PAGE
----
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J.D. Martinez won’t be re-signing with the Tigers

Sorry to kill your dreams, kids.

Arizona Diamondbacks v Los Angeles Dodgers - Game One Photo by Harry How/Getty Images

If there is one name that bargain hunting general managers get a chill upon hearing, it is that of super-agent Scott Boras.

Boras was the mastermind behind the mega deal that took Max Scherzer to the Washington Nationals on a seven-year, $210 million dollar deal. He represents a who’s who of the MLB elite, from Bryce Harper and Kris Bryant to big offseason targets like Jake Arrieta and Eric Hosmer. And, as of November 2017, he now represents former Tiger J.D. Martinez.

According to ESPN’s Jerry Crasnick, the early whispers are that Martinez will be aiming for a contract in the $200 million dollar range. MLB Trade Rumors has Martinez as their second-highest ranked free agent, and projected a six-year, $150 million deal for him. If Boras gets his way, it will be a seven or eight-year deal for the team who signs Martinez.

That fact alone should be enough to explain why Martinez won’t be returning to the Detroit Tigers. Boras is unsentimental. He’s a bulldog who will do whatever it takes to get the highest return on investment for his client. In other words: Martinez is going to make bank, and the Tigers simply can’t afford to pay him.

Why is J.D. Martinez worth $200 million?

Martinez, who was traded to the Arizona Diamondbacks in July for prospects Dawel Lugo, Sergio Alcantara, and Jose King, went on to have a monster of a 2017 season. He hit 45 home runs, 29 of those coming after his trade to Arizona. His final line for the season was .303/.376/.690. His 1.066 OPS was good enough for third in the MLB, behind two guys named Mike Trout and Aaron Judge. Martinez’s .690 slugging percentage was the best in all of baseball.

The 30-year-old Martinez will be among the hottest targets on the free agent market, and for good reason. His hard hit rate is a whopping 49 percent — almost ten percentage points higher than last season — and he managed a career-high 10.8 percent walk rate. Martinez had a wRC+ of 166 between the Arizona and Detroit for the season.

His 45 home runs were good enough for third in the MLB, with only Giancarlo Stanton and Judge posting better numbers. And before talk of juiced balls gets in the way, let’s remember that in Martinez’s All-Star 2015 season, he managed to knock out 38 home runs. His 2016 and 2017 seasons were both injury-shortened as well. Had Martinez not been injured to start the year, he may well have been the best slugger of the season.

Why is it a risky deal?

Martinez missed nearly six weeks at the start of the Tigers’ 2017 season due to a Lisfranc sprain on his right foot. This just one season after missing several weeks due to a fractured elbow. Neither of these are likely to pose long-term concerns for Martinez, but whichever team bites the bullet on his contract will want to make sure he’s 100 percent healthy before signing on the dotted line.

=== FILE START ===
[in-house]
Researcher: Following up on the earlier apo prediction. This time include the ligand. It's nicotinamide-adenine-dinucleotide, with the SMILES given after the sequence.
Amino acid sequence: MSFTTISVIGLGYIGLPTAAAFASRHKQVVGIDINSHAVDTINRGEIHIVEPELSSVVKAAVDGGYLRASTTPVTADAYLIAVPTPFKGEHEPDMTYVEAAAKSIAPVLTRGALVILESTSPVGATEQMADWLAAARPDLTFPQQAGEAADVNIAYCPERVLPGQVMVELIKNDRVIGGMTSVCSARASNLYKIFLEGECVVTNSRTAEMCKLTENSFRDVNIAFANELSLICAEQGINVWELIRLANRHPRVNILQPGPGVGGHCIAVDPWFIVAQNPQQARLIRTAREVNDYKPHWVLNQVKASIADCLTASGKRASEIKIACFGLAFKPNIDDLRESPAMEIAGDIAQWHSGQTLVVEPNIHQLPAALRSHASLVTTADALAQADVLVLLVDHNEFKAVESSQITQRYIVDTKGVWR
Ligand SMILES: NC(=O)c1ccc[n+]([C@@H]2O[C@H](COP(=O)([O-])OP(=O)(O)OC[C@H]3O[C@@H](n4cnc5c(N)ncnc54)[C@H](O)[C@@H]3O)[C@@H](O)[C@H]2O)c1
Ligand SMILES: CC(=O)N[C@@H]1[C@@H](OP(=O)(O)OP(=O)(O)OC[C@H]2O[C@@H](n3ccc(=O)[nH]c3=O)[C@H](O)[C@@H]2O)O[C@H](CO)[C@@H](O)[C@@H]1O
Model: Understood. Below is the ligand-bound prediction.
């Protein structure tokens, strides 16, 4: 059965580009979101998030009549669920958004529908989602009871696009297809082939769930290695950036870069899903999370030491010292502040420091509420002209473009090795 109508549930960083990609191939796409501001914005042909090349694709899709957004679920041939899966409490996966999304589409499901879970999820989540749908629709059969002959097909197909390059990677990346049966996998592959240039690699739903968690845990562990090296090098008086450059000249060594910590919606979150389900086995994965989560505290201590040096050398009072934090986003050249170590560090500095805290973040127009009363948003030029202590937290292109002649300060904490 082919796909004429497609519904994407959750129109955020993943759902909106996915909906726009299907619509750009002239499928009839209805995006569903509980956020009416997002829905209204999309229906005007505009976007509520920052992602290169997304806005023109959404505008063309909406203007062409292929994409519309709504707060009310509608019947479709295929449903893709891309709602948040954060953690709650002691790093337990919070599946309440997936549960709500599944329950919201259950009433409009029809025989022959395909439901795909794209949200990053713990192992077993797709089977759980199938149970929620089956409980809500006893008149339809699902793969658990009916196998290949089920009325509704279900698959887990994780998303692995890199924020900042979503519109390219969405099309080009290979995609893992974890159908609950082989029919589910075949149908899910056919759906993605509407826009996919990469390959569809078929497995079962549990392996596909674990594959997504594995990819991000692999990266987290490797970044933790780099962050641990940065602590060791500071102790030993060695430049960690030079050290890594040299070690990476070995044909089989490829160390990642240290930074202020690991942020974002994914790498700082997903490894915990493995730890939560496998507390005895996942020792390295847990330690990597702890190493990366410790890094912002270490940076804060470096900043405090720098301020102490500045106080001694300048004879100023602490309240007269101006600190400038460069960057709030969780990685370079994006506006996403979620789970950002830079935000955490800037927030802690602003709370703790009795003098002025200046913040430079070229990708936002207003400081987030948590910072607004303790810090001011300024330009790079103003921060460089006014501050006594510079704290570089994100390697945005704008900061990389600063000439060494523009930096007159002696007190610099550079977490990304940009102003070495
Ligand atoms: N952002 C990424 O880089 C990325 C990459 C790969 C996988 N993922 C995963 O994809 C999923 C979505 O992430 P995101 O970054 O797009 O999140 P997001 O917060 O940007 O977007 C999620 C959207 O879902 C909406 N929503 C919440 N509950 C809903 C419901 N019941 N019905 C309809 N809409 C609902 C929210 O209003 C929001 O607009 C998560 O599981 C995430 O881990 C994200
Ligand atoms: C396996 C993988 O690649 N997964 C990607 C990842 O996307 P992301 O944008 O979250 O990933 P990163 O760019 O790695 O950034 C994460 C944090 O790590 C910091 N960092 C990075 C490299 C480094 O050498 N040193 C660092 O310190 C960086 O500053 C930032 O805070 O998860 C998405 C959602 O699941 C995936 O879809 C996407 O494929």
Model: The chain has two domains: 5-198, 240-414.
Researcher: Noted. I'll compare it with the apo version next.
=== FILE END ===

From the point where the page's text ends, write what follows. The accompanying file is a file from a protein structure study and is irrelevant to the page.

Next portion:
What’s more concerning than his injury history is his work in the field, possibly the only real red flag for any potential suitors. If we’re being polite, Martinez is not a great defender. In 2017 he posted a dismal -7.7 UZR and a -5 DRS — which are actually a substantial improvement over the -17.2 and -22 in 2016, among the worst in baseball.

At the end of the day, Martinez’s biggest liability to his future team is in the field, which means he’s more than likely to be a target for an American League team who can eventually slide him into a designated hitter position. Not every team with the money to spend on a $200 million contract wants to spend it on a DH.

Why won’t the Tigers bite?

The Tigers have learned some hard lessons about long-term, bloated contracts, as they’re currently suffering from the deals they made with Victor Martinez and Miguel Cabrera. With the team in a rebuild, they’re looking to cut costs, and bring on new, inexpensive talent they can build, not established superstar bats who can’t help in the field.

General manager Al Avila hasn’t minced words about the luxury tax threshold. He told reporters earlier this year, “We certainly are not going to go over the luxury tax a third year, because the penalties are just too severe — not to mention paying the actual luxury tax in actual cash dollars. It will just keep on going up. We’re going to obviously avoid that.”

A $200 million contract doesn’t fit with the goal of staying below the threshold.

There’s no doubt Martinez was beloved during his time with the Tigers. In spite of injuries, he knew how to make an impact. No one will ever forget the greatest moment in Martinez’s career as a Tiger, potentially one of the most cinematic home runs of all time at Comerica Park.

At the end of the day, though, the Tigers can’t bring Martinez back just because he was beloved. Much like Justin Verlander, Martinez is going to want to play for a contender, and the Tigers won’t be contenders for several years.

As much as fans would like to see J.D. Martinez in a Tigers uniform again, he’s just not a logical fit for the direction the team is going, and he’s a luxury Al Avila can’t afford.